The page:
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It is a principle based on Genesis which states that God formed all human beings and hence all human life has an intrinsic moral value. To expand, human life in itself is worthwhile, there is no other justification for it's value but the fact that it is alive. Hence, human life is sacred because it is created by God. God creates life so He must be the one who has control over human life's end as well as its beginning.
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They argue that it should be on offer as one option among many, along with the kind of care of patients with a terminal illness is offered by hospitals and hospices. This argument is maintained by John Stuart Mill who, in his book On Liberty (1859), argued that in matters that do not concern others, individuals should have full autonomy: 'The only part of the conduct of any one, for which (a citizen) is amenable to society, is that which concerns others.
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There has been controversy and debate regarding homosexual ministers in the Anglican and Catholic Church for years. But for many of those years, homosexuality was a criminal wrong doing, for which gays could be imprisoned or fined and many gay men would marry heterosexually to deny to the law, the church or even family and friends or themselves. This was up until the homosexual reform act in 1967, after which society's view of gay couples became a less disdainful one and in 2004 the civil partnership act made gay marriages as legally valid as heterosexual ones.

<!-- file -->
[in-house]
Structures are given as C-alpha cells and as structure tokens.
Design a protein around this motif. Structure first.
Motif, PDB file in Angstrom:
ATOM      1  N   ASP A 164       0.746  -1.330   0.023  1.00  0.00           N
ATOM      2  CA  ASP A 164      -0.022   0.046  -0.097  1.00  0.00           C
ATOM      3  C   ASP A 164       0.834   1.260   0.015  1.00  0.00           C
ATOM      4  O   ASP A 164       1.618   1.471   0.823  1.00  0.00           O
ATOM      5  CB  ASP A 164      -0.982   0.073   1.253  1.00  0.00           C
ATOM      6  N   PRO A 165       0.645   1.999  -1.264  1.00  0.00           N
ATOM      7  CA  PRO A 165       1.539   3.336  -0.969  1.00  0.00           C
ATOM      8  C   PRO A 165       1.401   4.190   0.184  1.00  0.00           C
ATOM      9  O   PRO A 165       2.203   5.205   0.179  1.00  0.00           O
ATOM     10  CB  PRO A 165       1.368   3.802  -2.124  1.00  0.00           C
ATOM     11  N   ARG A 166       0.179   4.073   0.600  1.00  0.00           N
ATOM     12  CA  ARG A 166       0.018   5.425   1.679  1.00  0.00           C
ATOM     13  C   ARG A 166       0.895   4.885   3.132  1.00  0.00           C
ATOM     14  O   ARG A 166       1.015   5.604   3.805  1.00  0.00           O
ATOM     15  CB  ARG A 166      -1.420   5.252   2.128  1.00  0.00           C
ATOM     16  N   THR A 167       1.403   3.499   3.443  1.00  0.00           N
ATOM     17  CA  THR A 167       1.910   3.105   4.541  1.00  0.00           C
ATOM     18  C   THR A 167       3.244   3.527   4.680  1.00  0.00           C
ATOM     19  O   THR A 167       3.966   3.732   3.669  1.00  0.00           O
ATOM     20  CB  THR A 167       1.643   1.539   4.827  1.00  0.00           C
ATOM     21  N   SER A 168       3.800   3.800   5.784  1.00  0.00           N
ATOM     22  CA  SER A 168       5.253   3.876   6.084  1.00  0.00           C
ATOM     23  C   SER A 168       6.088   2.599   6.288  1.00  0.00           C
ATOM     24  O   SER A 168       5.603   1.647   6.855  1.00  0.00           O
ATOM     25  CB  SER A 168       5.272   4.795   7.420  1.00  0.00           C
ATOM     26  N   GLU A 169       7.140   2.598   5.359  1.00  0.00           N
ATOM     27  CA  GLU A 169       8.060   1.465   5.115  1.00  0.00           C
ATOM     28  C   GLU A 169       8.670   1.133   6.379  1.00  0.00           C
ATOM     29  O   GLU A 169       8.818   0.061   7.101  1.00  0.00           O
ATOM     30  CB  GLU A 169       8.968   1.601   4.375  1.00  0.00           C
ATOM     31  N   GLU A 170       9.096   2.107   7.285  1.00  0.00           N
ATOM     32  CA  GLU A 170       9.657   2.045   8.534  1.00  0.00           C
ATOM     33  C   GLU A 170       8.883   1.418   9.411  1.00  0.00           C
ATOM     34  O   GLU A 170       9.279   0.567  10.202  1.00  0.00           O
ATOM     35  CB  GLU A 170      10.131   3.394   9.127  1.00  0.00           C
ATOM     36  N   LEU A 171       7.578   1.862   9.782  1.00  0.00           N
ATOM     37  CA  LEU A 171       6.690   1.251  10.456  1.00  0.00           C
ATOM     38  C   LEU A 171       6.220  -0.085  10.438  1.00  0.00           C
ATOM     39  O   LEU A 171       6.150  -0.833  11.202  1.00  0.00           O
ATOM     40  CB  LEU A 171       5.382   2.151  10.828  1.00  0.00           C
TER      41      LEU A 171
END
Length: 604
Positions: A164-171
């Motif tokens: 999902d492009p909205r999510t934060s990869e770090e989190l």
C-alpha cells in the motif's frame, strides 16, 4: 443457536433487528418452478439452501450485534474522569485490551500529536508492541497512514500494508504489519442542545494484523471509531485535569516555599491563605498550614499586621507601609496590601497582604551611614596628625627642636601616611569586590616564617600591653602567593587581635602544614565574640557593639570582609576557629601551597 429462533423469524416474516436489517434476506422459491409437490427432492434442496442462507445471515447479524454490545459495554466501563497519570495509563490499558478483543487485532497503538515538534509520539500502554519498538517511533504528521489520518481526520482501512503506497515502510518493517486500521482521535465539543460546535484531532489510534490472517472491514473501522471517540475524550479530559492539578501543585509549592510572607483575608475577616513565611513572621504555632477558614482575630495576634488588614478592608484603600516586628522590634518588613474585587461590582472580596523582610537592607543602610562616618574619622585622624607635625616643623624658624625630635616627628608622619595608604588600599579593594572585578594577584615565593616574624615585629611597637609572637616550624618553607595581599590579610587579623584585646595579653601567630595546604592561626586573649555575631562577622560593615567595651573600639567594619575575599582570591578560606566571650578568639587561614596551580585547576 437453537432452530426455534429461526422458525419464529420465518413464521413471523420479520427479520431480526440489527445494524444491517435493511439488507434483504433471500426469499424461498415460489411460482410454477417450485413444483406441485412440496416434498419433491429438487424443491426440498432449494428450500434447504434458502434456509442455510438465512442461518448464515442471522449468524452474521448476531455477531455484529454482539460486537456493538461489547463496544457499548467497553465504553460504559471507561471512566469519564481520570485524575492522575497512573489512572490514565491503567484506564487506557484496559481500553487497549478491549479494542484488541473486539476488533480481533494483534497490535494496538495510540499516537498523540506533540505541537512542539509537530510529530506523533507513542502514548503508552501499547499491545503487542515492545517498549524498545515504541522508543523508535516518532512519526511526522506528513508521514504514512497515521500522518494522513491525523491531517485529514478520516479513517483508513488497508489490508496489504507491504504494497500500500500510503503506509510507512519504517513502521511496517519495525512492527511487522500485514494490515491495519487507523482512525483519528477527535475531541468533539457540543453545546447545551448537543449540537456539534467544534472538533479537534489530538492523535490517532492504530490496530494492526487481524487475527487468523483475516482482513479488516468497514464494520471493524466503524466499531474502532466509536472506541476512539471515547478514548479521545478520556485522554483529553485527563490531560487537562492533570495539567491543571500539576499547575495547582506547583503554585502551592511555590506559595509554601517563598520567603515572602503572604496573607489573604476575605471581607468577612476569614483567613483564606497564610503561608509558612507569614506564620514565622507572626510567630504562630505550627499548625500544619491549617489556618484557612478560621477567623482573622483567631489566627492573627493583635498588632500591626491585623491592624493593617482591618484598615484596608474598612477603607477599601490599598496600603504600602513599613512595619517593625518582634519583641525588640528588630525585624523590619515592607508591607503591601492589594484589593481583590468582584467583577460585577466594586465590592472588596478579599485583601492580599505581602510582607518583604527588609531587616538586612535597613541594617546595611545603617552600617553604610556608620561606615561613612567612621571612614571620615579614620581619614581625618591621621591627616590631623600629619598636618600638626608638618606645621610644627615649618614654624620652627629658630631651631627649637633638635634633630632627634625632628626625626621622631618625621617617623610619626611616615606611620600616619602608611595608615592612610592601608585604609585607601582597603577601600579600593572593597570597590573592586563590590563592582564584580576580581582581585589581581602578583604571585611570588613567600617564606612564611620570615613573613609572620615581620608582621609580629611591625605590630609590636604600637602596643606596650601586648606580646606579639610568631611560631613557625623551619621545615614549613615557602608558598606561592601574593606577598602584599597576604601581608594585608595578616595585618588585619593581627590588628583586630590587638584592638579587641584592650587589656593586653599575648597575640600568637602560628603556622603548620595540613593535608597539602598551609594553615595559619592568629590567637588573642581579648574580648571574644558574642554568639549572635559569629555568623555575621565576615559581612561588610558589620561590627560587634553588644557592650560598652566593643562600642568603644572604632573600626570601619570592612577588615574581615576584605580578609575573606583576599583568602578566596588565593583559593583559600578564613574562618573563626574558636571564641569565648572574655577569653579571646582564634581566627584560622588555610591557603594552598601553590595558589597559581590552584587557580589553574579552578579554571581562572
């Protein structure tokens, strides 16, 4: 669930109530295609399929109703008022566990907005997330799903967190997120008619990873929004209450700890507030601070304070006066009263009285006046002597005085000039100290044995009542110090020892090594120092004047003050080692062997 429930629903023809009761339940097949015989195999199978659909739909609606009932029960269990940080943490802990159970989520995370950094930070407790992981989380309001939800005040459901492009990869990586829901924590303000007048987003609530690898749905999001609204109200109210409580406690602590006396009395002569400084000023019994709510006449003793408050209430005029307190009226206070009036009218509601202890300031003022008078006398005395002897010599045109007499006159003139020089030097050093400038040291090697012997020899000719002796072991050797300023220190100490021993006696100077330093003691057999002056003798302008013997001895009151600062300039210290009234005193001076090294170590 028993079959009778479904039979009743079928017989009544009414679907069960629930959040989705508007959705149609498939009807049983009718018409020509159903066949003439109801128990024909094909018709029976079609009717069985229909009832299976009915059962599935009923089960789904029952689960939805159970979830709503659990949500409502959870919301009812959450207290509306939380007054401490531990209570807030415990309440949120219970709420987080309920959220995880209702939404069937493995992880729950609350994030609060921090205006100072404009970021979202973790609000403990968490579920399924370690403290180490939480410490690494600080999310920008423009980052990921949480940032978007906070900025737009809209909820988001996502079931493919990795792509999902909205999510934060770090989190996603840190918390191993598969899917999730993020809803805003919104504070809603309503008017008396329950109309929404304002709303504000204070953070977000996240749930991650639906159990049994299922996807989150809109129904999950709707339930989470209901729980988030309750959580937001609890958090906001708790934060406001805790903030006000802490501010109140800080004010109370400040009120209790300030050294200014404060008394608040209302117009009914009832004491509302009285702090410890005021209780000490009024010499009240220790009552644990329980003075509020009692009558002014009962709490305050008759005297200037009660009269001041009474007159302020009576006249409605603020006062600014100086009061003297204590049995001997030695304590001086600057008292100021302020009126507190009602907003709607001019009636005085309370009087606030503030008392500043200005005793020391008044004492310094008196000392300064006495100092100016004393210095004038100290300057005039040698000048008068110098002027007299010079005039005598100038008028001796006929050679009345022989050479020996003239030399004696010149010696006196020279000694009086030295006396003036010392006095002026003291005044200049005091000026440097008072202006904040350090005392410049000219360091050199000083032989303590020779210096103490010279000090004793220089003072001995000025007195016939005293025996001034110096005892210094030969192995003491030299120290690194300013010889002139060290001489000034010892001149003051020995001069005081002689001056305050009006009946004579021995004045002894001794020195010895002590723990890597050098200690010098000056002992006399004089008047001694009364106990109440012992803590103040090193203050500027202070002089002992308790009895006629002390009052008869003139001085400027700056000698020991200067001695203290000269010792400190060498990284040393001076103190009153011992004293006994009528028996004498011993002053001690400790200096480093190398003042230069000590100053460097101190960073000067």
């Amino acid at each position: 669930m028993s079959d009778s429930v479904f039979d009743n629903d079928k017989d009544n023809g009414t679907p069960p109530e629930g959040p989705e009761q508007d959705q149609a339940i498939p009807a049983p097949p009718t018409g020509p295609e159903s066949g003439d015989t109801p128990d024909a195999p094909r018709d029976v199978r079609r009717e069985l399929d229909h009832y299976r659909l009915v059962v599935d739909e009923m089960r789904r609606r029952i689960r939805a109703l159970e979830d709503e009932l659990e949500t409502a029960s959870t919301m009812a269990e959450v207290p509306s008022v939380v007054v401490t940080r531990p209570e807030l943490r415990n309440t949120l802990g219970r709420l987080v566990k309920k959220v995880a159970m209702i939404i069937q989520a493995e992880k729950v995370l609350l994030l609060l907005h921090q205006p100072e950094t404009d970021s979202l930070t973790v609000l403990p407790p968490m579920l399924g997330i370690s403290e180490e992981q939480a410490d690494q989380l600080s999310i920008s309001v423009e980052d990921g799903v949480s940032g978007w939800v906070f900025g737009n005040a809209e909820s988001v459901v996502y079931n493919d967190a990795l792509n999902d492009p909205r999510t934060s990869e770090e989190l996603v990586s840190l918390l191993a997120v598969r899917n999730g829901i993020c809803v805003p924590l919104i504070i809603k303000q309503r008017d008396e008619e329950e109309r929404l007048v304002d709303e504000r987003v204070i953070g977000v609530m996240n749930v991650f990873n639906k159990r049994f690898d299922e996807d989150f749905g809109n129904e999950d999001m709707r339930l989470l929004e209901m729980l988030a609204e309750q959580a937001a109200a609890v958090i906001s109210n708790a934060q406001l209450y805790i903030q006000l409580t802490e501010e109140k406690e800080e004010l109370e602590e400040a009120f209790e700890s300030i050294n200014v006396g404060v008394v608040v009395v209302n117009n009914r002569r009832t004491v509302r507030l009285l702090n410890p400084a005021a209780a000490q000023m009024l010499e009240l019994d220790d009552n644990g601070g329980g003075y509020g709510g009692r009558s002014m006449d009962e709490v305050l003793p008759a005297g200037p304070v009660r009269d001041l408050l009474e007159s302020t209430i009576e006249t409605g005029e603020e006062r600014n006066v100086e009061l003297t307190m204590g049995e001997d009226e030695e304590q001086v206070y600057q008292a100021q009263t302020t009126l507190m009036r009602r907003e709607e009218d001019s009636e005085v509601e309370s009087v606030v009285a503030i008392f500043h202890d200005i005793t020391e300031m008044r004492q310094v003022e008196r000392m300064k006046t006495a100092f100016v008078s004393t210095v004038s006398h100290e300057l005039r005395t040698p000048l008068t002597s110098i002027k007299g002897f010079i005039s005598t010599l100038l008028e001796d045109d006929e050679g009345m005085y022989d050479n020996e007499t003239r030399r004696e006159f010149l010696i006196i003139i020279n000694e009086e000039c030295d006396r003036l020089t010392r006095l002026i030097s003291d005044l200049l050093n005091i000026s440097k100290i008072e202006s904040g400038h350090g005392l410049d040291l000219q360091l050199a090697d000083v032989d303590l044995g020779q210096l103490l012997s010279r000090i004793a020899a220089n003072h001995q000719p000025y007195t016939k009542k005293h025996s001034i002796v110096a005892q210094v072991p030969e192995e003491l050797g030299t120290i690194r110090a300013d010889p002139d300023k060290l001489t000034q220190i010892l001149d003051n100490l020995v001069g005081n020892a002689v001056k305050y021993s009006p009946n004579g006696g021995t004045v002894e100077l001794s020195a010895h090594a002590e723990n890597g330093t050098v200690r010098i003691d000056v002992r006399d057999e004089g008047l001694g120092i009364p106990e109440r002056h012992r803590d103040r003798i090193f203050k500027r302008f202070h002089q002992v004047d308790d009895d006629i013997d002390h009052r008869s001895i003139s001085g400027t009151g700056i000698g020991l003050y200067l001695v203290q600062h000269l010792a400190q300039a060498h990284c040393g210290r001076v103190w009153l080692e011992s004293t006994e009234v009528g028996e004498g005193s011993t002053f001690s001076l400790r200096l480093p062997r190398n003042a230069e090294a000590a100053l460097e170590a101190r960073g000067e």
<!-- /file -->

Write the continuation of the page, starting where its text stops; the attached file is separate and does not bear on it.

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It was partly because of the Christians that the act has been abolished. One of the key figures of the time was Pope John Paul II - he spoke of Capital Punishment as the 'culture of death'. In his encyclical 'Evangelium Vitae' he declared his 'near' total opposition to the death penalty, his 'near' opposition has only one case in which the punishment is appropriate "in cases of absolute necessity, in other words, when it would not be possible otherwise to defend society. Today, however, as a result of steady improvement in the organization of the penal system, such cases are very rare, if not practically nonexistent."4 At the time of voting for